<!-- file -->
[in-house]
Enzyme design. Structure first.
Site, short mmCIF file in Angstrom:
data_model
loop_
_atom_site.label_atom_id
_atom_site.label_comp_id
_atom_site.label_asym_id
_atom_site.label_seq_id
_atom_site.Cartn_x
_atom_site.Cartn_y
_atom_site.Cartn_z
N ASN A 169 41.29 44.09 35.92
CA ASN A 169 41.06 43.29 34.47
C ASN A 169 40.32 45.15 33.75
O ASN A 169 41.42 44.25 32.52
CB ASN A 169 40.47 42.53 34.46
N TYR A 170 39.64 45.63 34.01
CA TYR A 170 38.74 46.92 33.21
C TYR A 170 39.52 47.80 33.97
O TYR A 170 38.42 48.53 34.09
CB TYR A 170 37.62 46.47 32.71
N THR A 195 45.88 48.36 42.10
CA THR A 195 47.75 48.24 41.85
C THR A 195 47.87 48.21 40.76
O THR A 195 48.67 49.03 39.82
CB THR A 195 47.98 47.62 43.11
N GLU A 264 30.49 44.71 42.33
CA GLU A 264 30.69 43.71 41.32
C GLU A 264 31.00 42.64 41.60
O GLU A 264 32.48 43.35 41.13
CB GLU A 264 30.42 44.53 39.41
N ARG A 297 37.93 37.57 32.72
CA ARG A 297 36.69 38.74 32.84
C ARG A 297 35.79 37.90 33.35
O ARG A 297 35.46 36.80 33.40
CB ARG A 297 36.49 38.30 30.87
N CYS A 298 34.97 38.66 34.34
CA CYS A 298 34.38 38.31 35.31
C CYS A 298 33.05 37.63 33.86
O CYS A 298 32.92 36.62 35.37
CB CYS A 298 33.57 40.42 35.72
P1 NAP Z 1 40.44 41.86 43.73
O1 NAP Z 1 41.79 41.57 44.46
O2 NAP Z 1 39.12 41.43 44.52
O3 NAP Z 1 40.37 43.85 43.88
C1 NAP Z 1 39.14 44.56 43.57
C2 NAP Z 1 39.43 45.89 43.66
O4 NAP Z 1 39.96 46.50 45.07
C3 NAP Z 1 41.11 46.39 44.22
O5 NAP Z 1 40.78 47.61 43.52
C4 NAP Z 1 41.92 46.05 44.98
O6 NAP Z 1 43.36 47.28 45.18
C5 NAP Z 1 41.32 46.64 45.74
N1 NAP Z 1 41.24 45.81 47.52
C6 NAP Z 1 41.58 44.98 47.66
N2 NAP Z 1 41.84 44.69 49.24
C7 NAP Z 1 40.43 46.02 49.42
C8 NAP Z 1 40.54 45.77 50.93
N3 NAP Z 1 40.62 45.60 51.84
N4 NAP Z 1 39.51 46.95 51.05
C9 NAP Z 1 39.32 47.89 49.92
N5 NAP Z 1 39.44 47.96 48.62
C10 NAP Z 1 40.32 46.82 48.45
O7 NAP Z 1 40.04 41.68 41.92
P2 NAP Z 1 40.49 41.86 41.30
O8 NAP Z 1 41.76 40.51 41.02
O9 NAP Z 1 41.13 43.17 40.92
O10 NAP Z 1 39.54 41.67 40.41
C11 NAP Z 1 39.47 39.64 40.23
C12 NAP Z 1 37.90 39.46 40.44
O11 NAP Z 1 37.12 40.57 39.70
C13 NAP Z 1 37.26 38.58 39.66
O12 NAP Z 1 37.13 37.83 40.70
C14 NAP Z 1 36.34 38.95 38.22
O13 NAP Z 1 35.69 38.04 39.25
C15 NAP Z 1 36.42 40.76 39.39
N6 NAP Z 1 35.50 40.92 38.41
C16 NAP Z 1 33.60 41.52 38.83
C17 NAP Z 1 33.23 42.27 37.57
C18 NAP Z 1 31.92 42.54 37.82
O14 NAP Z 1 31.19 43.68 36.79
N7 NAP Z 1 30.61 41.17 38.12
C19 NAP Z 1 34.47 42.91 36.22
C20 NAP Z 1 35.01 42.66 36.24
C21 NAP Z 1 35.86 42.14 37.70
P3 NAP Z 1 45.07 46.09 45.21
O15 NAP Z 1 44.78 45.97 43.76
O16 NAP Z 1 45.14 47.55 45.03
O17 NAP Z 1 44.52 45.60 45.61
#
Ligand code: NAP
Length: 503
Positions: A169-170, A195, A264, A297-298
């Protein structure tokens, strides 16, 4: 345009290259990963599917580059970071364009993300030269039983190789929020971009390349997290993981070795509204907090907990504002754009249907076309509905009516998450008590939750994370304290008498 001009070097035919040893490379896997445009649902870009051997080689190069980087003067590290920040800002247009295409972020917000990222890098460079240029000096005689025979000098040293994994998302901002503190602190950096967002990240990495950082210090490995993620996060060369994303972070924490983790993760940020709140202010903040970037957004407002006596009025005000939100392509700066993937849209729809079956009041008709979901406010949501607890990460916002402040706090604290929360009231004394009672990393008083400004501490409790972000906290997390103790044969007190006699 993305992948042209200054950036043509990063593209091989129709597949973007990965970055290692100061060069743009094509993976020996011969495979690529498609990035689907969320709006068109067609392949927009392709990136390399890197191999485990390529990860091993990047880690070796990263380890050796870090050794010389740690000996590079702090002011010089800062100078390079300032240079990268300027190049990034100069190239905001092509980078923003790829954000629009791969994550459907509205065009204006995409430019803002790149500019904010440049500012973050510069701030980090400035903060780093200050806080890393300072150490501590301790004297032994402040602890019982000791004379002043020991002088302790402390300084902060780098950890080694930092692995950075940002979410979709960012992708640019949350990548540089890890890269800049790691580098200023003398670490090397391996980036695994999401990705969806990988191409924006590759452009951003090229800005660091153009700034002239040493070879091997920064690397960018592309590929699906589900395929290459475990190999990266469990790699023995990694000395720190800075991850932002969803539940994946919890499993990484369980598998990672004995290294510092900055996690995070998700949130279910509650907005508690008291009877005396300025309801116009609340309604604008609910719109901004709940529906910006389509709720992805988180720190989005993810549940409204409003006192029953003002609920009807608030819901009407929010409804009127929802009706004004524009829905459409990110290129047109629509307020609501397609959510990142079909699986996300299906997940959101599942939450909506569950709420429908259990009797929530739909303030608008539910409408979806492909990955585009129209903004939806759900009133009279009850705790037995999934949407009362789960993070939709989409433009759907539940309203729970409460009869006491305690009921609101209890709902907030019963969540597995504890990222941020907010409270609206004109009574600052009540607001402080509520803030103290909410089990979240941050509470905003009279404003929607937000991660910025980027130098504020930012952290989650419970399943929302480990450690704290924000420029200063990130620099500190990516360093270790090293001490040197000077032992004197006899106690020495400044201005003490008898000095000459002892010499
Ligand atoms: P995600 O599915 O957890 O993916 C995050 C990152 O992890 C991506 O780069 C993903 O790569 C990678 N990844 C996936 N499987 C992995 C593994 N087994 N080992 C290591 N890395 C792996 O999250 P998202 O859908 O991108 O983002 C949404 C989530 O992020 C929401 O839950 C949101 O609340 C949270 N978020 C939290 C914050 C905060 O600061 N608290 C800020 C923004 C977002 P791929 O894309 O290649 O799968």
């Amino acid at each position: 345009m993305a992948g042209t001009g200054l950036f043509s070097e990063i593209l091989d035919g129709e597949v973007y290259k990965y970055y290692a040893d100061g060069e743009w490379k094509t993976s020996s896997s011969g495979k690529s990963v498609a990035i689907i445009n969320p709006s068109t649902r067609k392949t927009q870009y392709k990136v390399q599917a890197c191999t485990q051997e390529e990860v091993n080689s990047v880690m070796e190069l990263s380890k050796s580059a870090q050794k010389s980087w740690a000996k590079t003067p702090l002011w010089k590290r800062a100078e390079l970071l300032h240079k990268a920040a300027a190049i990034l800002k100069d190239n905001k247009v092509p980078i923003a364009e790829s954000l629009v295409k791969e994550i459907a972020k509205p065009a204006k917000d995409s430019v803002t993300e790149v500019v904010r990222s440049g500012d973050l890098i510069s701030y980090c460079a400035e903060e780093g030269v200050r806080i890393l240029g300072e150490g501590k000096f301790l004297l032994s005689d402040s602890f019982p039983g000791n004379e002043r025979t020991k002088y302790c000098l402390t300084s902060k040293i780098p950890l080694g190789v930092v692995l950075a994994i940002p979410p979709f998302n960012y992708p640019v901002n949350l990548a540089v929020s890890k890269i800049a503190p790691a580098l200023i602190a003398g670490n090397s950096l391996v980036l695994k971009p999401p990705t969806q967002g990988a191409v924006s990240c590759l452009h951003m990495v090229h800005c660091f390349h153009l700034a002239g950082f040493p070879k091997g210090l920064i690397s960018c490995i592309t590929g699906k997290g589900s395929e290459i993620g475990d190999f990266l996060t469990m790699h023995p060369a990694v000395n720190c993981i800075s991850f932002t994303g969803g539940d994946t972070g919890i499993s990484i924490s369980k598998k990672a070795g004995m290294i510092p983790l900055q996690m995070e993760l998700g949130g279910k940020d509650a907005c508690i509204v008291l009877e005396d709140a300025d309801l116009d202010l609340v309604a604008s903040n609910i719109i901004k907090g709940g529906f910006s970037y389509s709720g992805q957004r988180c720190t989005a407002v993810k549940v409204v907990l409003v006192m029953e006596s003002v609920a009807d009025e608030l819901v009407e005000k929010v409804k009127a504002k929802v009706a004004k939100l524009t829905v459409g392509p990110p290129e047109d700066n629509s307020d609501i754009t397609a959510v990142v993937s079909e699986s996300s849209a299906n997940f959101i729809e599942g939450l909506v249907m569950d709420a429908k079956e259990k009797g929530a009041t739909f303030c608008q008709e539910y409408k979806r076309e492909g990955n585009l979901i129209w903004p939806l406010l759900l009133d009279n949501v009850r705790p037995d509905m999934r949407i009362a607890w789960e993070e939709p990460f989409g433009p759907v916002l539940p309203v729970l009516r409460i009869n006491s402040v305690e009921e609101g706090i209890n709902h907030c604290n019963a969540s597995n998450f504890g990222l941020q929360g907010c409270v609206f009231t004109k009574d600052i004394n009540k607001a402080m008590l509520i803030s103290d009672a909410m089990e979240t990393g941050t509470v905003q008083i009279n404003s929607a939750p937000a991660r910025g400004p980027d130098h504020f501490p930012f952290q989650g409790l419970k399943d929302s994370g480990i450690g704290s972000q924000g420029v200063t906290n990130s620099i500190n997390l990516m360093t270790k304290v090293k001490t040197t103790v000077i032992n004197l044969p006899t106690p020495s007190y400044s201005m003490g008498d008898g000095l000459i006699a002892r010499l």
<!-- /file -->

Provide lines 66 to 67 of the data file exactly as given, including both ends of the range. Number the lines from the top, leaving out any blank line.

P2 NAP Z 1 40.49 41.86 41.30
O8 NAP Z 1 41.76 40.51 41.02